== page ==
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A fruit fly epithelial cell sheet displaying cancerous growth
Cancerous transformation of a cell is often accompanied by a loss of its original developmental program or what could be said as cellular memory (www.bpod.mrc.ac.uk/archive/2013/7/26). This project aims at unraveling mechanisms of loss of cellular memories during cancer progression and, at the same time, explore therapeutic opportunities by reversal of such processes. These investigations take advantage of the sophisticate genetic techniques of the fruit fly, Drosophila, wherein cancer can be induced by specific mutations (see image).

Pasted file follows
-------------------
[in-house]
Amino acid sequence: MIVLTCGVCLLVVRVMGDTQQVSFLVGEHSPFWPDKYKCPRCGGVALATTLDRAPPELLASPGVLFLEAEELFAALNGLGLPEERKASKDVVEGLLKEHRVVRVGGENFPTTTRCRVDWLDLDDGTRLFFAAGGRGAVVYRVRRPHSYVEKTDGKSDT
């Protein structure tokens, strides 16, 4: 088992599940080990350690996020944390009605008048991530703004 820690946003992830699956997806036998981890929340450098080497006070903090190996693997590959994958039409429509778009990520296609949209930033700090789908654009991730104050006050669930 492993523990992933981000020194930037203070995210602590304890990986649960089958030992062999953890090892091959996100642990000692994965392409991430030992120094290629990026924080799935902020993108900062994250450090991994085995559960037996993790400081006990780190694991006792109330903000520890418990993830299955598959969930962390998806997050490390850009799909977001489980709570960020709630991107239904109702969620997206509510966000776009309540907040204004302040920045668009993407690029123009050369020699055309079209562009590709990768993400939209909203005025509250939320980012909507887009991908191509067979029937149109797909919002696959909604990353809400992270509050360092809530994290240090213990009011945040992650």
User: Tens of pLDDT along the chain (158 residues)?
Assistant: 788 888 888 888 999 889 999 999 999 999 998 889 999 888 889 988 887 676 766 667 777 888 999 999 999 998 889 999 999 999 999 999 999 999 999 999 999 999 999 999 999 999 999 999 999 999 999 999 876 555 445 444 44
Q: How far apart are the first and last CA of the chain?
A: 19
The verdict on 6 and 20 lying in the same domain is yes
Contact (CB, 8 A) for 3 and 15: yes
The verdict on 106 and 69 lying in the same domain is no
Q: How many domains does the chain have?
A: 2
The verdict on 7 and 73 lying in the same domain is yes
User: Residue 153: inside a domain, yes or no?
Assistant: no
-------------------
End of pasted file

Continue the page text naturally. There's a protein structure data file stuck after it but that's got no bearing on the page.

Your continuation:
This is an Early Career Fellowship funded by Wellcome Trust/DBT India Alliance to Dr. Anjali Bajpai under the supervision of Prof. Pradip Sinha of Biological Sciences and Bioengineering, This project will also have collaborative inputs from Dr. Ashwani Thakur of IITK and Prof. Marco Milan of Institute for Research in Biomedicine (IRB), Barcelona, Spain.
A Drosophila epithelial cell sheet displaying cancerous growth (green) induced by mutation in a tumor suppressor gene, lgl. Note that these cancerous cells thrive only in regions where a protein called Vg (red) is not expressed. Cellular memories conferred by Vg expression antagonizes cancer growth.